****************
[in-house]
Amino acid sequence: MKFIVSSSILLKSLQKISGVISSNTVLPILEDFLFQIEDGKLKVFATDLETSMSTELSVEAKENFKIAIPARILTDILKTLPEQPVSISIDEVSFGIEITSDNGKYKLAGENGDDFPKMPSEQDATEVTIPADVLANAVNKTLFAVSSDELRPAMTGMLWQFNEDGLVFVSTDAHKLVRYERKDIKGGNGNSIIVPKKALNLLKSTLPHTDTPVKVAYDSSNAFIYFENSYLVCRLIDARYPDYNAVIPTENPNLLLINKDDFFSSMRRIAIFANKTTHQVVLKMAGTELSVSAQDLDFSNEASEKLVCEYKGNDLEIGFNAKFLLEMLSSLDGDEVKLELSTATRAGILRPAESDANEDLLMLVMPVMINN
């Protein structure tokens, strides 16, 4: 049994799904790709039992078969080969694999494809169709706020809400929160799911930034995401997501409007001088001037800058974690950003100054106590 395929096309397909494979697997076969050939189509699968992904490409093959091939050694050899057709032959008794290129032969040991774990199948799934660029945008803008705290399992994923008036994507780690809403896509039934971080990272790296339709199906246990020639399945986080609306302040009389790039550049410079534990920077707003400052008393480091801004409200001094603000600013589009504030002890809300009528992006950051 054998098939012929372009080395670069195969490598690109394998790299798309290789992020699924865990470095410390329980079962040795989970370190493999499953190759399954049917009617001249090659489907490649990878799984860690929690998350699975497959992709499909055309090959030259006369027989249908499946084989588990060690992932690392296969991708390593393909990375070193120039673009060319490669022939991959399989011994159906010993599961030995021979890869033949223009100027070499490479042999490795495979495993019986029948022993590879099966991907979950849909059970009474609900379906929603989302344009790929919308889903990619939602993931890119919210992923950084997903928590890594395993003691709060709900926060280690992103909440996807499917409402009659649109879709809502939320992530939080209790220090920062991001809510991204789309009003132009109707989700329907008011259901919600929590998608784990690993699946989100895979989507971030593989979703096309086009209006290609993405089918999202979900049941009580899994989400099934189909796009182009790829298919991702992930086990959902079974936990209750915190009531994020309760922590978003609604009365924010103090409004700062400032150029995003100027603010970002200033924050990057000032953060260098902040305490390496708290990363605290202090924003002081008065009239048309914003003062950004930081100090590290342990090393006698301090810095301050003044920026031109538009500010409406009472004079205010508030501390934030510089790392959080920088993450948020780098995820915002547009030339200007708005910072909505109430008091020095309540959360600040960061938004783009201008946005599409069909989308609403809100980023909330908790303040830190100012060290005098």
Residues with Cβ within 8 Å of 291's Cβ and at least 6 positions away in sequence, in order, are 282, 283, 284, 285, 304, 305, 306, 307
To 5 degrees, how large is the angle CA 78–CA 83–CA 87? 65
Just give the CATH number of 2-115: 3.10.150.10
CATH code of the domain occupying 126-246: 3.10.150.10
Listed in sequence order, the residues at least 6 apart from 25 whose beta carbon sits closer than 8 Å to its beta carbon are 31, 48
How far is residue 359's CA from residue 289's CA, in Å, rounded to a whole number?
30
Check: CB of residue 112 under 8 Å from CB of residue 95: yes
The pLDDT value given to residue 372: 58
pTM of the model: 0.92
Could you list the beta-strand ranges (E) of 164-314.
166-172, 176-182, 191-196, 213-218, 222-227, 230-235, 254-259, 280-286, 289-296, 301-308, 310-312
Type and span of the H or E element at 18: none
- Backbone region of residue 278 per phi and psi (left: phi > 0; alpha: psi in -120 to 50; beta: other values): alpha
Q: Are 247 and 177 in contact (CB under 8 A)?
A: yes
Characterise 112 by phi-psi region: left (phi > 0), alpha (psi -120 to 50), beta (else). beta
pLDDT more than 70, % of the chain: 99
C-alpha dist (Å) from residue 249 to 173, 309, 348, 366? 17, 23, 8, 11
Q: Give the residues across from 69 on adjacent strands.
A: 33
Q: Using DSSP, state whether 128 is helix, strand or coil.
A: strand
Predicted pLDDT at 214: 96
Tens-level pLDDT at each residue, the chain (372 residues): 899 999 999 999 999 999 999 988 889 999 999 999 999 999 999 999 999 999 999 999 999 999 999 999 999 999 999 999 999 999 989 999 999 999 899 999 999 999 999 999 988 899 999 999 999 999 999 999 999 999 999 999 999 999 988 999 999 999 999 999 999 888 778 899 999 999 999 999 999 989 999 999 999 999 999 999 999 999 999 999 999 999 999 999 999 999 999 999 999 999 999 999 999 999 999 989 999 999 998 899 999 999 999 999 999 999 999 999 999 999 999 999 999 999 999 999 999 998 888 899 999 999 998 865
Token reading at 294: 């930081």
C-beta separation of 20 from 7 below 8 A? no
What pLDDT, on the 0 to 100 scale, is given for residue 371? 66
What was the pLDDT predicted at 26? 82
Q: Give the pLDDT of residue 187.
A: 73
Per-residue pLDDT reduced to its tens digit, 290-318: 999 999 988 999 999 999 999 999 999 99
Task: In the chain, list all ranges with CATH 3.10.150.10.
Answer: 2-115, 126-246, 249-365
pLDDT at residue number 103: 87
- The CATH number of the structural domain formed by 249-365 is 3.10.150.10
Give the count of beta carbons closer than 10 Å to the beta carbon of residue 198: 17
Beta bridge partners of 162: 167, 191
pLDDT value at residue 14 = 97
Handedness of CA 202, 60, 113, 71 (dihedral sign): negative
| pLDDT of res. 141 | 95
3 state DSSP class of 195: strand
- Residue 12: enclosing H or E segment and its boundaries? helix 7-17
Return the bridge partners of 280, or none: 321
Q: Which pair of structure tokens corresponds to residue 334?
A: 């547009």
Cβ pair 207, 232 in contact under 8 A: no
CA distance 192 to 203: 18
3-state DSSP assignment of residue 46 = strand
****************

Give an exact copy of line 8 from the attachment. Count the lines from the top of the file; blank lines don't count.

Listed in sequence order, the residues at least 6 apart from 25 whose beta carbon sits closer than 8 Å to its beta carbon are 31, 48